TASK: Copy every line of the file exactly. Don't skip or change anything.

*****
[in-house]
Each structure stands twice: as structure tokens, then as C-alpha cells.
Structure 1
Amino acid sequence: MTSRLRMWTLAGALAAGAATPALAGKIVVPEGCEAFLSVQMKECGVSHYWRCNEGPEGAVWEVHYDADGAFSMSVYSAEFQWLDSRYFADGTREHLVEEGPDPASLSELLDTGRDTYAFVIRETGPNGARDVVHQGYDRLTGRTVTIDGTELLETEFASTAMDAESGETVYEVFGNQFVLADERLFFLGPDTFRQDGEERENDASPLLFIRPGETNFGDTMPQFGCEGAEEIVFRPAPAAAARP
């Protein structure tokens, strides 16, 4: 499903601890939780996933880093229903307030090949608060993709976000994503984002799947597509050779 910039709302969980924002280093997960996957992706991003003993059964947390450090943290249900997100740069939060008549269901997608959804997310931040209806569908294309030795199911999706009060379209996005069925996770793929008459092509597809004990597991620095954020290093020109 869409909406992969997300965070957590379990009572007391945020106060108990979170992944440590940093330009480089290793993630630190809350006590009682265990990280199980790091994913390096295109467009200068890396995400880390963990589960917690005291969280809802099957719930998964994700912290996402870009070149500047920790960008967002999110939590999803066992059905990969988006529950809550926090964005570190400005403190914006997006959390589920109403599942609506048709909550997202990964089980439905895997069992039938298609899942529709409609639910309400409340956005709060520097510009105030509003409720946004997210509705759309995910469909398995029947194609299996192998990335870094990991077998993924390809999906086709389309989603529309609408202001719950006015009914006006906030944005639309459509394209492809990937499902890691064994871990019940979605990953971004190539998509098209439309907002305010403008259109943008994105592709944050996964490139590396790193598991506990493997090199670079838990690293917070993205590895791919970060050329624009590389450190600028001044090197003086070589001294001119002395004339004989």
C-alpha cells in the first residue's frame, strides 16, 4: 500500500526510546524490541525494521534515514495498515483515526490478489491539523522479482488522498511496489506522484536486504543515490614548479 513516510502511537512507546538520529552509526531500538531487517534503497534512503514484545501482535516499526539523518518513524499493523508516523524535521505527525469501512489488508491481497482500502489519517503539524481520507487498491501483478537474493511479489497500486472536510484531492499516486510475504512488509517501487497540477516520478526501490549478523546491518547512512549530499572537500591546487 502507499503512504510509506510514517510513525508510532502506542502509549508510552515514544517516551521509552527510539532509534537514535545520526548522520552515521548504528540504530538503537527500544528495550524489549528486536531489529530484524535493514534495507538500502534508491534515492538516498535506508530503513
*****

[in-house]
Each structure stands twice: as structure tokens, then as C-alpha cells.
Structure 1
Amino acid sequence: MTSRLRMWTLAGALAAGAATPALAGKIVVPEGCEAFLSVQMKECGVSHYWRCNEGPEGAVWEVHYDADGAFSMSVYSAEFQWLDSRYFADGTREHLVEEGPDPASLSELLDTGRDTYAFVIRETGPNGARDVVHQGYDRLTGRTVTIDGTELLETEFASTAMDAESGETVYEVFGNQFVLADERLFFLGPDTFRQDGEERENDASPLLFIRPGETNFGDTMPQFGCEGAEEIVFRPAPAAAARP
């Protein structure tokens, strides 16, 4: 499903601890939780996933880093229903307030090949608060993709976000994503984002799947597509050779 910039709302969980924002280093997960996957992706991003003993059964947390450090943290249900997100740069939060008549269901997608959804997310931040209806569908294309030795199911999706009060379209996005069925996770793929008459092509597809004990597991620095954020290093020109 869409909406992969997300965070957590379990009572007391945020106060108990979170992944440590940093330009480089290793993630630190809350006590009682265990990280199980790091994913390096295109467009200068890396995400880390963990589960917690005291969280809802099957719930998964994700912290996402870009070149500047920790960008967002999110939590999803066992059905990969988006529950809550926090964005570190400005403190914006997006959390589920109403599942609506048709909550997202990964089980439905895997069992039938298609899942529709409609639910309400409340956005709060520097510009105030509003409720946004997210509705759309995910469909398995029947194609299996192998990335870094990991077998993924390809999906086709389309989603529309609408202001719950006015009914006006906030944005639309459509394209492809990937499902890691064994871990019940979605990953971004190539998509098209439309907002305010403008259109943008994105592709944050996964490139590396790193598991506990493997090199670079838990690293917070993205590895791919970060050329624009590389450190600028001044090197003086070589001294001119002395004339004989």
C-alpha cells in the first residue's frame, strides 16, 4: 500500500526510546524490541525494521534515514495498515483515526490478489491539523522479482488522498511496489506522484536486504543515490614548479 513516510502511537512507546538520529552509526531500538531487517534503497534512503514484545501482535516499526539523518518513524499493523508516523524535521505527525469501512489488508491481497482500502489519517503539524481520507487498491501483478537474493511479489497500486472536510484531492499516486510475504512488509517501487497540477516520478526501490549478523546491518547512512549530499572537500591546487 502507499503512504510509506510514517510513525508510532502506542502509549508510552515514544517516551521509552527510539532509534537514535545520526548522520552515521548504528540504530538503537527500544528495550524489549528486536531489529530484524535493514534495507538500502534508491534515492538516498535506508530503513